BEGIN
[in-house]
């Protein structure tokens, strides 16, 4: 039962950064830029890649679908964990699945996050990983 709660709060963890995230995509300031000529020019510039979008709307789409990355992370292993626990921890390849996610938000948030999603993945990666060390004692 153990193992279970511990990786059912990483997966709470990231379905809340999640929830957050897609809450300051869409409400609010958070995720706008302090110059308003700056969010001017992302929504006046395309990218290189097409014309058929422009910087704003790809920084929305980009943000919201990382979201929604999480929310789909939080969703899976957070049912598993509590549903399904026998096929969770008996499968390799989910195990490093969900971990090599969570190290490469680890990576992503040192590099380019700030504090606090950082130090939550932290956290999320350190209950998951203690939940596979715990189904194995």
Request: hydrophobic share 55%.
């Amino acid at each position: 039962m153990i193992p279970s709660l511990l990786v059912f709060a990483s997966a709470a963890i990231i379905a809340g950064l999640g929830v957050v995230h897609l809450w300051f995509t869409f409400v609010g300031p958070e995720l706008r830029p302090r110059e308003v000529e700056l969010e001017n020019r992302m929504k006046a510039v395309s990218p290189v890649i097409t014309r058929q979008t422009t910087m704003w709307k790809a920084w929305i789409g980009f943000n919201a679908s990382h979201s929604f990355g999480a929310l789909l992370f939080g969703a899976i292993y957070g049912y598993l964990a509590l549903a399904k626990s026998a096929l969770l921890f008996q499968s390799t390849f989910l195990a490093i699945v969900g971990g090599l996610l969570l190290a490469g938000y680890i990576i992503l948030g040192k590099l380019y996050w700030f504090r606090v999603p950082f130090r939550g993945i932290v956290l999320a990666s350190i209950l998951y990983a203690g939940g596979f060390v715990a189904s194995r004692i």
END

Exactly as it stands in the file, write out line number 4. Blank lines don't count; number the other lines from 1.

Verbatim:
């Amino acid at each position: 039962m153990i193992p279970s709660l511990l990786v059912f709060a990483s997966a709470a963890i990231i379905a809340g950064l999640g929830v957050v995230h897609l809450w300051f995509t869409f409400v609010g300031p958070e995720l706008r830029p302090r110059e308003v000529e700056l969010e001017n020019r992302m929504k006046a510039v395309s990218p290189v890649i097409t014309r058929q979008t422009t910087m704003w709307k790809a920084w929305i789409g980009f943000n919201a679908s990382h979201s929604f990355g999480a929310l789909l992370f939080g969703a899976i292993y957070g049912y598993l964990a509590l549903a399904k626990s026998a096929l969770l921890f008996q499968s390799t390849f989910l195990a490093i699945v969900g971990g090599l996610l969570l190290a490469g938000y680890i990576i992503l948030g040192k590099l380019y996050w700030f504090r606090v999603p950082f130090r939550g993945i932290v956290l999320a990666s350190i209950l998951y990983a203690g939940g596979f060390v715990a189904s194995r004692i």